14. 14. Renaissance... Modernism… Postmodernism
  15. 15. Art History Vocabulary •  Era •  Period •  Movement •  School •  Style
  16. 16. Art History Vocabulary Era –  Historically significant chunk of time such as 100-20,000 years –  Geographically large –  International –  global –  Distinguished by common, unifying characteristics
  17. 17. Art History Vocabulary Period –  Historic chunk of time shorter than an Era –  Geographically limited (usually a single country) –  Distinguished by common, unifying characteristics –  Not well-defined – could refer to the entire rule of a European monarch (i.e. “Victorian” period) or an individual artist’s phase (i.e. Picasso’s “blue” period)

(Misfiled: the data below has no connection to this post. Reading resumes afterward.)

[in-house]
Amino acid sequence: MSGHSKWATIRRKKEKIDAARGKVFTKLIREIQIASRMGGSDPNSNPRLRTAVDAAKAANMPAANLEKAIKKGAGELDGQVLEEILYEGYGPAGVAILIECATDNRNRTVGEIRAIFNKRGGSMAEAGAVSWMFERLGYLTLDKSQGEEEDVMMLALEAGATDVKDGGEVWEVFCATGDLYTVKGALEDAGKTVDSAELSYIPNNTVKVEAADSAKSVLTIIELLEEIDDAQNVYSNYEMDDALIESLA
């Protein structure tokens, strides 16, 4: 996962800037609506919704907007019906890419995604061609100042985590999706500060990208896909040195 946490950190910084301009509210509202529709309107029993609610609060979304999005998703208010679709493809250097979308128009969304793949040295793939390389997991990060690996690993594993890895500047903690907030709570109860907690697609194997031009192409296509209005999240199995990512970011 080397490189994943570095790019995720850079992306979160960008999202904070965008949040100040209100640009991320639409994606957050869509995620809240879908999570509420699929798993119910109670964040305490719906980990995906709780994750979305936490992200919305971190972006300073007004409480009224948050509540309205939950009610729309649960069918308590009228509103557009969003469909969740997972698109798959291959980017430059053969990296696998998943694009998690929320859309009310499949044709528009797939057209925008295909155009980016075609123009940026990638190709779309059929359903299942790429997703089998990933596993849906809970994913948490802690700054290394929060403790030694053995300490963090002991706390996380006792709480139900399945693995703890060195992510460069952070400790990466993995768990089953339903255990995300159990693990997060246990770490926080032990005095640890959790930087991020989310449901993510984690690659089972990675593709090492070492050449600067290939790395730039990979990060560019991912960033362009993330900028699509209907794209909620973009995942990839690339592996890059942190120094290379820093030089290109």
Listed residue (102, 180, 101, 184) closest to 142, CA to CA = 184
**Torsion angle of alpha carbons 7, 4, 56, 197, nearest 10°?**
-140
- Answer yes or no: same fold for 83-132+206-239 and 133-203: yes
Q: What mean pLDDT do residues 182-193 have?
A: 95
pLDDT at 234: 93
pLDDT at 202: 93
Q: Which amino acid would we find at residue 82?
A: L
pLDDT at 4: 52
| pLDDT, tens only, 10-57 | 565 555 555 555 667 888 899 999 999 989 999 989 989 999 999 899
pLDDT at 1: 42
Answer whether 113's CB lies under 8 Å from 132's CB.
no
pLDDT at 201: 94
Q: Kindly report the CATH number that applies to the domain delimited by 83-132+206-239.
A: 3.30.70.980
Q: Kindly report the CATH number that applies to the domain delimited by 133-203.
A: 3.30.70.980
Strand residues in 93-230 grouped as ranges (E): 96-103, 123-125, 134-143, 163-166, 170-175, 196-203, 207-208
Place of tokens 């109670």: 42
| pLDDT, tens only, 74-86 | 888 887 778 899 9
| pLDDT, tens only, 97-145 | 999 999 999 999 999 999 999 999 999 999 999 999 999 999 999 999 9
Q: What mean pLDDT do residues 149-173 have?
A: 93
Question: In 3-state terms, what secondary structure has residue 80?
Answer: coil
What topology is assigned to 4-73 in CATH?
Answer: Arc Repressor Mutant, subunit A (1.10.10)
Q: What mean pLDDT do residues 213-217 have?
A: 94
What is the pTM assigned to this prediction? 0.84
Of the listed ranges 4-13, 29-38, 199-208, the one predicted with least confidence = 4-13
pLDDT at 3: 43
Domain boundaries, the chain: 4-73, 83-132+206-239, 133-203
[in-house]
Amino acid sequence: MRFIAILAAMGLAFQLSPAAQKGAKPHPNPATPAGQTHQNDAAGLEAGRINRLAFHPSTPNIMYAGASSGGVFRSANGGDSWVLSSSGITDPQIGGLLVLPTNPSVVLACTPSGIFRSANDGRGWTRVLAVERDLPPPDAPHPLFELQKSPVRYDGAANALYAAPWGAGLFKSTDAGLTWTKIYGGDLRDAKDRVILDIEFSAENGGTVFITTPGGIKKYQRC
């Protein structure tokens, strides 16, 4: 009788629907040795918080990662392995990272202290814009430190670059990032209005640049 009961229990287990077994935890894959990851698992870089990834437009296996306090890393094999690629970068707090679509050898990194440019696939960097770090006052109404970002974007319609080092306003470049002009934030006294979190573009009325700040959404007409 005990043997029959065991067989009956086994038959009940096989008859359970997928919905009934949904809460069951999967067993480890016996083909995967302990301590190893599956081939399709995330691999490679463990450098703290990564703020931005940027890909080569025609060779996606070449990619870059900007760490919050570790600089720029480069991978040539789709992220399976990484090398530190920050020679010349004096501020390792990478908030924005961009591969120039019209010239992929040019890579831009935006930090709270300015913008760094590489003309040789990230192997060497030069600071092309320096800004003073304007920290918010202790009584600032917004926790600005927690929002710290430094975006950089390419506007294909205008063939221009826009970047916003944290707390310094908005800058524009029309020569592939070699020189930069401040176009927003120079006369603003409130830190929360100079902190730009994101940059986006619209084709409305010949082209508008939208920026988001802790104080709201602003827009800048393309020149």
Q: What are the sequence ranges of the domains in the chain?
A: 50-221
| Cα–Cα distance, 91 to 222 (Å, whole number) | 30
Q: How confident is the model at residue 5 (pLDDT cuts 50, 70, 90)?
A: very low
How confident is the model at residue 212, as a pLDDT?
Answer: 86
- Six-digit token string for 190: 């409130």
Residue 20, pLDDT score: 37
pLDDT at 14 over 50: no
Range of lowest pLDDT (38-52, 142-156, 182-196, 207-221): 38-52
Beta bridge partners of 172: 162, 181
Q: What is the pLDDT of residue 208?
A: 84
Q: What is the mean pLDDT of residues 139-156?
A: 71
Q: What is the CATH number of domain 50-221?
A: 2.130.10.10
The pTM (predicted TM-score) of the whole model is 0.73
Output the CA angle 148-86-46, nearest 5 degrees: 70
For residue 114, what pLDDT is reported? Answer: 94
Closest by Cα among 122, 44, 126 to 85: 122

18. 18. Art History Vocabulary Movement –  Historic chunk of time that is relatively short (months or years) –  Geographically very specific –  Distinguished by common, unifying characteristics –  Group of artists banded together to pursue a specific objective (particular artistic style, political mindset, common enemy, etc.) –  Benefits: •  Support each other •  Hold their own exhibitions •  Annoy the Art Establishment
  19. 19. Art History Vocabulary School –  Sometimes refers to an actual educational institution and the artists who trained there –  Often used as a synonym for movement – a group of artists in a specific place with common goals and a shared style – a sort of informal or grassroots school •  Example: The Hudson River School – a mid-19th century American art movement carried out by a group of landscape painters whose aesthetic vision was influenced by romanticism.